Tale of Tooth by Allie Rogers Legend Press April 19th 2018
Four-year-old Danny lives with his mother, Natalie, in a small Sussex town. Life is a struggle and when they are threatened with a benefits sanction, salvation appears in the form of a Job Centre employee called Karen. But Karen’s impact is to reach far beyond this one generous gesture, as she and Natalie embark on an intense relationship.
Told in the voice of an intelligent, passionate and unusual child, Tale of a Tooth is an immersive and compelling look at the impact of domestic abuse on a vulnerable family unit.
Life’s pretty good for four year old Danny, he’s got his Mum or Meemaw, otherwise known as Natalie and his beloved dinosaur Spiney, but life is about to get a bit tougher when Karen enters their life’s and everything he loves is in danger of being taken away.
From the outset I knew there was something different about Danny. He was not your average little boy, his obsession with dinosaurs, his high intelligence and obvious emotional issues placed him somewhere on a spectrum. What was extremely interesting and unique was Rogers use of Danny’s voice to tell the story. The dialogue is that of a four your old, sentences never complete, words jumbled up, no obvious conversation between the characters. It is a style which at first I found slightly off putting, but soon found myself engrossed in the tortured world of this wonderful character. Danny’s voice was distinctive and emotive and immersed me in Danny’s innermost thoughts and emotions. I could feel his fear at Karen’s violent outbursts, and his pent up frustration with Natalie at not getting rid of her. All I wanted to do was grab hold of this little boy, hug him and tell him it was all going to be ok when I knew that perhaps it was not going to be ok.
The relationship between Danny and Natalie was just so wonderful to read. Natalie is everything to Danny, the one constant in his life, the only person that understands his little idiosyncrasies, and how precious his dinosaurs are.
Karen is the interloper threatening to destroy that close relationship between Natalie and her son. She offers Natalie some time away from the drudgery of life as a single parent on benefits with very little money to feed herself and her child, but at what cost? I didn’t blame her in the slightest for taking some time to enjoy herself, but when she become subjected to abuse, both physical and mental I just wanted her to free herself from Karen. We all know that once in a cycle of abuse it is so difficult to break free and Natalie was no different. Rogers was brilliant at conveying her utter despair, her sense of guilt not only toward Karen but most importantly towards Danny. She was a character with a huge capacity for forgiveness but also doing what she felt was right, even if that wasn’t the right thing for Danny.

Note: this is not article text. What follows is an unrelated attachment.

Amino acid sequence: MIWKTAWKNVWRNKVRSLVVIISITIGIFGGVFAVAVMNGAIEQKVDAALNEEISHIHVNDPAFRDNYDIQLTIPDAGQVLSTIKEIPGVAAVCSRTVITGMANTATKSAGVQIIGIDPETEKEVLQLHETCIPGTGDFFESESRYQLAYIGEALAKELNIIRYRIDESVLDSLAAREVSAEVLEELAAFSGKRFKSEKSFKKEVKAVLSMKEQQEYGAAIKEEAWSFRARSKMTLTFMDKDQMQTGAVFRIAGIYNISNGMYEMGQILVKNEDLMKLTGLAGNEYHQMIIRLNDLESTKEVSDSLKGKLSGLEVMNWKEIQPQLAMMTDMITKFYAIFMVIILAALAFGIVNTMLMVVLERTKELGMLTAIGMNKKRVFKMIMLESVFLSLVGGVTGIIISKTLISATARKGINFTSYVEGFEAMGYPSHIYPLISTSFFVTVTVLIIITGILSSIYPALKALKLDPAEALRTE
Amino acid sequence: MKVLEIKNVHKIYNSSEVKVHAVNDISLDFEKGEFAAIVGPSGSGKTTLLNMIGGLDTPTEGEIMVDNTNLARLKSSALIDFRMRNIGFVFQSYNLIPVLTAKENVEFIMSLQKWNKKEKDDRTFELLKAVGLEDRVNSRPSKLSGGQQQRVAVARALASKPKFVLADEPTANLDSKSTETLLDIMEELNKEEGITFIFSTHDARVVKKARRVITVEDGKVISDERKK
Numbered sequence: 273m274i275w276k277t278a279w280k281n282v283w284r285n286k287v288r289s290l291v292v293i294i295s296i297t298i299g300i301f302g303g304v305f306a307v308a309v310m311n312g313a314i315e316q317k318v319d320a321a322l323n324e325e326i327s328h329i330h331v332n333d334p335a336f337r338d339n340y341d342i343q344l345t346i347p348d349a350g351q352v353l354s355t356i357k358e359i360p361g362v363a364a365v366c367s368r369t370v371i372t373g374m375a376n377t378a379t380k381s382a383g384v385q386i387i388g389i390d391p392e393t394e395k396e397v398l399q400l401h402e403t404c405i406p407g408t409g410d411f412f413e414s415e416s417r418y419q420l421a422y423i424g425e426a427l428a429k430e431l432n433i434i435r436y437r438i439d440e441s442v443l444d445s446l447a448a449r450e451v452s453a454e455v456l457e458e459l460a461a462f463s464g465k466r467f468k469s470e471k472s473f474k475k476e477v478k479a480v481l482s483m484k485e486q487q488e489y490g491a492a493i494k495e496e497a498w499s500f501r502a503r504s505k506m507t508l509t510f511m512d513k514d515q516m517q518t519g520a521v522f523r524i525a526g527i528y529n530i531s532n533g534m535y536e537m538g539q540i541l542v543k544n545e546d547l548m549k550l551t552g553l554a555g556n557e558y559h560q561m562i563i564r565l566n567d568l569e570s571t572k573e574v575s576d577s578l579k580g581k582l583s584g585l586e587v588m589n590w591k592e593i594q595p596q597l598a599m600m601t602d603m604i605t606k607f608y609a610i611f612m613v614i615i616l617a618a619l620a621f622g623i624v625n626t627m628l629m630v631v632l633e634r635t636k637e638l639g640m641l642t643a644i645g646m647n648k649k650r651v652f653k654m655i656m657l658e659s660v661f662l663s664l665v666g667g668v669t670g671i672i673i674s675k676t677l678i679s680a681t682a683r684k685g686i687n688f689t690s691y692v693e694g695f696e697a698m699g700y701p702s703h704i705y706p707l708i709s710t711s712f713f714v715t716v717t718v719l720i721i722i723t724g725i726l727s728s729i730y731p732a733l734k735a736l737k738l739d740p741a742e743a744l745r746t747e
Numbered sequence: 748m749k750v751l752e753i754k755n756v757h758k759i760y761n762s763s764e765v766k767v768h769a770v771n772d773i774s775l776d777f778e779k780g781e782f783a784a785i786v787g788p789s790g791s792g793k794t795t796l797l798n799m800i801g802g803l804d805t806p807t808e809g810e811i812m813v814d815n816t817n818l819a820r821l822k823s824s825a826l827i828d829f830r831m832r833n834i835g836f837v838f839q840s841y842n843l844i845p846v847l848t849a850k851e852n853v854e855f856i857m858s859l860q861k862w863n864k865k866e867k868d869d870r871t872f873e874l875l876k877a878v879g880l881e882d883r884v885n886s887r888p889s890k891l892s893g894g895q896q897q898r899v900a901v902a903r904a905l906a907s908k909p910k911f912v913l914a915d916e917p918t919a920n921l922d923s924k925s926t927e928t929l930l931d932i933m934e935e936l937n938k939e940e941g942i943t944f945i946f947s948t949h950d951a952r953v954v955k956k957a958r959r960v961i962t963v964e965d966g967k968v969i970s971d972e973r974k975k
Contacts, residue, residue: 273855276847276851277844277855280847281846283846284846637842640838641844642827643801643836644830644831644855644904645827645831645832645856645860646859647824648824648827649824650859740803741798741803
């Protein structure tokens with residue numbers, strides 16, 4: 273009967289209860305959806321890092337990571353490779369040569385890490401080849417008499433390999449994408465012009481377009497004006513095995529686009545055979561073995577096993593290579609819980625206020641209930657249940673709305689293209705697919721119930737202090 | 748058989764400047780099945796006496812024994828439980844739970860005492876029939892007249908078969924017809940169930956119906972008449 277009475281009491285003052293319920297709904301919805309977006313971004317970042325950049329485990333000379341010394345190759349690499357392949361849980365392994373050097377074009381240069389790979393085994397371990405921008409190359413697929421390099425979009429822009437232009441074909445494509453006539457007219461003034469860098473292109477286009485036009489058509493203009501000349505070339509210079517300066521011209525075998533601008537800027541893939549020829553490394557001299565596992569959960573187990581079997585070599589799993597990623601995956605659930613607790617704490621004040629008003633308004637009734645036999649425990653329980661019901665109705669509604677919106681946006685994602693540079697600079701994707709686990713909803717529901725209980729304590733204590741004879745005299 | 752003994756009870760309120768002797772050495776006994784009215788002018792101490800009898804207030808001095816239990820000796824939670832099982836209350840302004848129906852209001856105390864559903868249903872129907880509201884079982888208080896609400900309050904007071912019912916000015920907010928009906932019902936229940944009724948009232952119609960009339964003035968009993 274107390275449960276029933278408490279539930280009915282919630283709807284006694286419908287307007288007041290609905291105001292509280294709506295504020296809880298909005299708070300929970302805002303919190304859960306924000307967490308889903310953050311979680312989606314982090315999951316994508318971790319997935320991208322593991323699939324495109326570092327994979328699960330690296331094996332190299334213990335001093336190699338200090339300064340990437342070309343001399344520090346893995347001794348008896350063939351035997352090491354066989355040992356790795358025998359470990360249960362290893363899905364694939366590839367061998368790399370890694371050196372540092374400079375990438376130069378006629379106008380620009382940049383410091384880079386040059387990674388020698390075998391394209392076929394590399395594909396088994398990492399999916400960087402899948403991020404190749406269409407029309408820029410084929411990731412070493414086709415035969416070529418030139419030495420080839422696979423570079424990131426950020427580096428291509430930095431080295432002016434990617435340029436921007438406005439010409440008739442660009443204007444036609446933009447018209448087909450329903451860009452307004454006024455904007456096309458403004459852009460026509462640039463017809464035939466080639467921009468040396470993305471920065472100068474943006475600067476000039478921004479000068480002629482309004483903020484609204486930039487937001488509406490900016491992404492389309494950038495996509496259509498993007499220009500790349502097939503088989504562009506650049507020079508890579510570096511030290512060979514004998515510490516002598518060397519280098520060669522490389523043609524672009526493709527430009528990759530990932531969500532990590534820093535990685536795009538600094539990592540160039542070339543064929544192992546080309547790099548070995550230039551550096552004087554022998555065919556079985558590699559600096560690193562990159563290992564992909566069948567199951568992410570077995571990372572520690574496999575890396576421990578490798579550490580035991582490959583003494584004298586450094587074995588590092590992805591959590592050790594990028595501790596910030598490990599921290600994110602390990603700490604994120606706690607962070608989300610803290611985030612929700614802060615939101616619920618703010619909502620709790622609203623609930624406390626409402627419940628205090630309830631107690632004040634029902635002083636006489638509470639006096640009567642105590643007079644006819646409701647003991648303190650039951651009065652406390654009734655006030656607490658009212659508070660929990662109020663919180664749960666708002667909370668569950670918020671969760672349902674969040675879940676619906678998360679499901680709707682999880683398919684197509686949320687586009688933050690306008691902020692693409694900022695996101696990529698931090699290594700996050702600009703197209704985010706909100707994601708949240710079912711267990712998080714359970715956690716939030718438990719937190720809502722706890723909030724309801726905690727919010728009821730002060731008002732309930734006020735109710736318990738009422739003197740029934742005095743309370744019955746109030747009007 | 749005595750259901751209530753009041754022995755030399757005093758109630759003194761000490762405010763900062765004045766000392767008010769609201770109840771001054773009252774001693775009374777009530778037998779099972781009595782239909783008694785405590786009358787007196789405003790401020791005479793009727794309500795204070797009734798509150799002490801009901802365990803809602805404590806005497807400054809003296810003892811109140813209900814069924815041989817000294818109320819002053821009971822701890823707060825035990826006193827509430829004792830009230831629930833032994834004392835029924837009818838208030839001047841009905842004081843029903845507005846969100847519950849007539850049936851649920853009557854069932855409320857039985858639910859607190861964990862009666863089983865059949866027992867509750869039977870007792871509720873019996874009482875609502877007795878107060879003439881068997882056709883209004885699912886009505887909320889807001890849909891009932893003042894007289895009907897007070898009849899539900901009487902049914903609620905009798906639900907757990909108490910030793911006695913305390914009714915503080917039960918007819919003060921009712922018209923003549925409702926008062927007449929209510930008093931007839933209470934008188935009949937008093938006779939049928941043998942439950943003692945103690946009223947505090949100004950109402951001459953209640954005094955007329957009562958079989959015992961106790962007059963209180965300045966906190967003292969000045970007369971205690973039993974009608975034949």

Rogers was extremely clever at building the tension, at times lulling me into believing that all would be well before another twist took the story further into the depths of Danny’s increasing anguish and turmoil. I found the latter parts of the novel upsetting to read at times, so traumatic were the effects of events on Danny. At no time did I feel that Rogers was writing of abuse just to merely shock, they were always in context, measured and sensitive.
It is to Roger’s huge credit that she has written such a distinct and unique novel and the great skill needed to write in the voice of a four year old and sustain it throughout impressed me enormously.
Having read and loved her debut Little Gold I was not disappointed with Tale of The Tooth, it is an impressive second novel.
I would like to thank Imogen Harris and Legend Press for a copy of Tale of the Tooth to read and review and for the invite to participate in the blogtour.
About the author
Allie Rogers was born and raised in Brighton and enjoys story in all forms, the magic of a
surprising sentence and books that defy categorisation. She is a librarian at the University of Brighton.
Follow Allie on Twitter @alliewhowrites
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